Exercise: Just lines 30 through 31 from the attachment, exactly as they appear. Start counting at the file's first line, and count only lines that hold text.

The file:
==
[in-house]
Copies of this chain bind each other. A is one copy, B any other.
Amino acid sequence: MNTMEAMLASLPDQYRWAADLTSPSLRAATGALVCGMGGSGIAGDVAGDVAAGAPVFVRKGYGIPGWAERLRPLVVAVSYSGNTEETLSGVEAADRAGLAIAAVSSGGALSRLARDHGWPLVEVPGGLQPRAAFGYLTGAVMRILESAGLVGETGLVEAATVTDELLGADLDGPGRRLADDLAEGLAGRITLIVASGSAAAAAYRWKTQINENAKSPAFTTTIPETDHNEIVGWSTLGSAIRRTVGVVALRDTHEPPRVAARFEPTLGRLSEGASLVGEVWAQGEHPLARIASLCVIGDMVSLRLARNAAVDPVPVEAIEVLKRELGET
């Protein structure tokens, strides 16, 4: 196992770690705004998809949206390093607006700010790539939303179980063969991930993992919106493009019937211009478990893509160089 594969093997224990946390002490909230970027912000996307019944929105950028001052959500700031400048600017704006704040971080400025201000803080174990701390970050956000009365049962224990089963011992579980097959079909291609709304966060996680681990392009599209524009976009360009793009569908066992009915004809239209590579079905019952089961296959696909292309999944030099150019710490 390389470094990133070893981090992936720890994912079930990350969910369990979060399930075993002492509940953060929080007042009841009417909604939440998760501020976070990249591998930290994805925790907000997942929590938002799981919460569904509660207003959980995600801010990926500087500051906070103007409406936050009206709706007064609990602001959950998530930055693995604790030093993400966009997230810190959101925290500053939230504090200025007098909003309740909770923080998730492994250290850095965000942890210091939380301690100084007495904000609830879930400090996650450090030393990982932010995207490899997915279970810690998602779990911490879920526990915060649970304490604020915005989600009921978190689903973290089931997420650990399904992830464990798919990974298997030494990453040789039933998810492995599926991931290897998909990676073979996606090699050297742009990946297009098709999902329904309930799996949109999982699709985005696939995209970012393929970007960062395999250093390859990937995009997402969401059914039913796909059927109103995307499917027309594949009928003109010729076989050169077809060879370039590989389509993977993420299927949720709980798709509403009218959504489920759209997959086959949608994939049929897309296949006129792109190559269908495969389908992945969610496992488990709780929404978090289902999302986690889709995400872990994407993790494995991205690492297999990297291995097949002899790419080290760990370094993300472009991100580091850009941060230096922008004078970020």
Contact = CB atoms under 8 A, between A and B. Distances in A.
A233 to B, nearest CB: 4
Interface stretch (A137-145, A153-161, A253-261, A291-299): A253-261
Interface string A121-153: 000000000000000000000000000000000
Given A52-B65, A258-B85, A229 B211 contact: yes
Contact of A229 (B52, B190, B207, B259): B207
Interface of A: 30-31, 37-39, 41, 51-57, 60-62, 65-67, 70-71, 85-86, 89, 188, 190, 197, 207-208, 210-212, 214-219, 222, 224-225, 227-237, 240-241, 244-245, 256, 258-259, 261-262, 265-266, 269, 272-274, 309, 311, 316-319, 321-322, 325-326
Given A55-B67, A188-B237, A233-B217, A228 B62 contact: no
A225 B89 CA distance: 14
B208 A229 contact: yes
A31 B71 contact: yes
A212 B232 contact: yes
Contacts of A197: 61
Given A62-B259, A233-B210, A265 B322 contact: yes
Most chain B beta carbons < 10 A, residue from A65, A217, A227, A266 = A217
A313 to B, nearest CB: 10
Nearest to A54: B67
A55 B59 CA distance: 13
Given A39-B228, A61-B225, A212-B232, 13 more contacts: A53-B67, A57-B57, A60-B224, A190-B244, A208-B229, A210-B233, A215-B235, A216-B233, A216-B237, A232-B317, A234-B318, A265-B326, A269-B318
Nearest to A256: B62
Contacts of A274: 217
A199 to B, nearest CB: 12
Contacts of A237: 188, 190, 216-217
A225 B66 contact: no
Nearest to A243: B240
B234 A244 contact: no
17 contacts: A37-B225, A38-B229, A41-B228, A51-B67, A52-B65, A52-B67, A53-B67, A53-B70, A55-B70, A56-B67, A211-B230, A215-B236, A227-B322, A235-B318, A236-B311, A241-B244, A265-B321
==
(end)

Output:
B234 A244 contact: no
17 contacts: A37-B225, A38-B229, A41-B228, A51-B67, A52-B65, A52-B67, A53-B67, A53-B70, A55-B70, A56-B67, A211-B230, A215-B236, A227-B322, A235-B318, A236-B311, A241-B244, A265-B321